Longitudinal analyses.

Between baseline and year 7, physical activity decreased an average of 90 EU (range: −1491 to 1055 EU; SD: 295). The largest proportion of participants decreased their activity (N = 742, 46%), whereas 503 (31%) remained stable, and 380 (23%) increased activity. Participants who were the most physically active at baseline had the smallest activity decline (r = −0.57, P < 0.0001). Over 7 yr, HRR declined an average of 2.5 beats·min−1 (range: −85 to 58 beats·min−1; SD: 10.8). Among participants with normal HRR at baseline, 43 (2.7%) developed abnormal HRR at year 7. HRR at baseline was inversely (r = −0.57, P < 0.0001) associated with HRR change between examinations.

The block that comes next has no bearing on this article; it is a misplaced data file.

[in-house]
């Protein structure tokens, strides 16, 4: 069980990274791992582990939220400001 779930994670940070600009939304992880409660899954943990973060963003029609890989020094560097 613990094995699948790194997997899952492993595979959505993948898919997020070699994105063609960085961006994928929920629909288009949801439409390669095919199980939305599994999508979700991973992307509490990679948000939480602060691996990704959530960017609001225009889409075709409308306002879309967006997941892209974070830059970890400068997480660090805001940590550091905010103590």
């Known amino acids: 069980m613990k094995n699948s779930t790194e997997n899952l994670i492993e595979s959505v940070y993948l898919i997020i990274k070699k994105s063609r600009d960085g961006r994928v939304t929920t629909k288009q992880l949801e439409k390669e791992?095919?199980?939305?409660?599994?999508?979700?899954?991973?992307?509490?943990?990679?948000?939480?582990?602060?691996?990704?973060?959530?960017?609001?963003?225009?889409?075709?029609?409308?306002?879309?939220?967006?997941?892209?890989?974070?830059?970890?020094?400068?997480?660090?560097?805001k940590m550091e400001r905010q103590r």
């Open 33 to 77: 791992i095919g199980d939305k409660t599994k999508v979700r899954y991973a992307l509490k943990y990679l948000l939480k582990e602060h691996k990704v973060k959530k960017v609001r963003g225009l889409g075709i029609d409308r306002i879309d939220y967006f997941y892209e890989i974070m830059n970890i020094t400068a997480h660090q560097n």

Because the association between physical activity change and HRR change did not differ by baseline covariates, only pooled analyses are presented. Although participants in each category of physical activity change experienced a decline in HRR, participants whose activity increased (−1.5 beats·min−1, 95% CI: −0.4, −2.6) or remained stable (−1.8 beats·min−1, 95% CI: −0.8, −2.7) had smaller HRR declines with time than those participants whose activity decreased (−3.5 beats·min−1, 95% CI: −2.8, −4.3; P < 0.01 compared with increased activity) in models adjusted for age, race, and gender. HRR change was 0.85 beats·min−1 (SE = 0.27) higher (P < 0.01) per standard deviation increase in physical activity change. In a multivariable model (Fig. 1), we adjusted for both baseline physical activity level and HRR in addition to demographic characteristics, baseline BMI, triglyceride/HDL ratio, resting heart rate, smoking status, incident diabetes, and diastolic blood pressure; results remained highly statistically significant (P < 0.0001). HRR change was 1.06 beats·min−1 (SE = 0.28) higher per standard deviation increase in physical activity change (P = 0.0002). Participants whose physical activity decreased were three times more likely to develop abnormal HRR over time than participants whose activity increased (Fig. 2), but increasing activity per standard deviation was moderately (OR = 0.7), but nonsignificantly (95% CI: 0.5, 1.1), associated with a lower probability of developing abnormal HRR.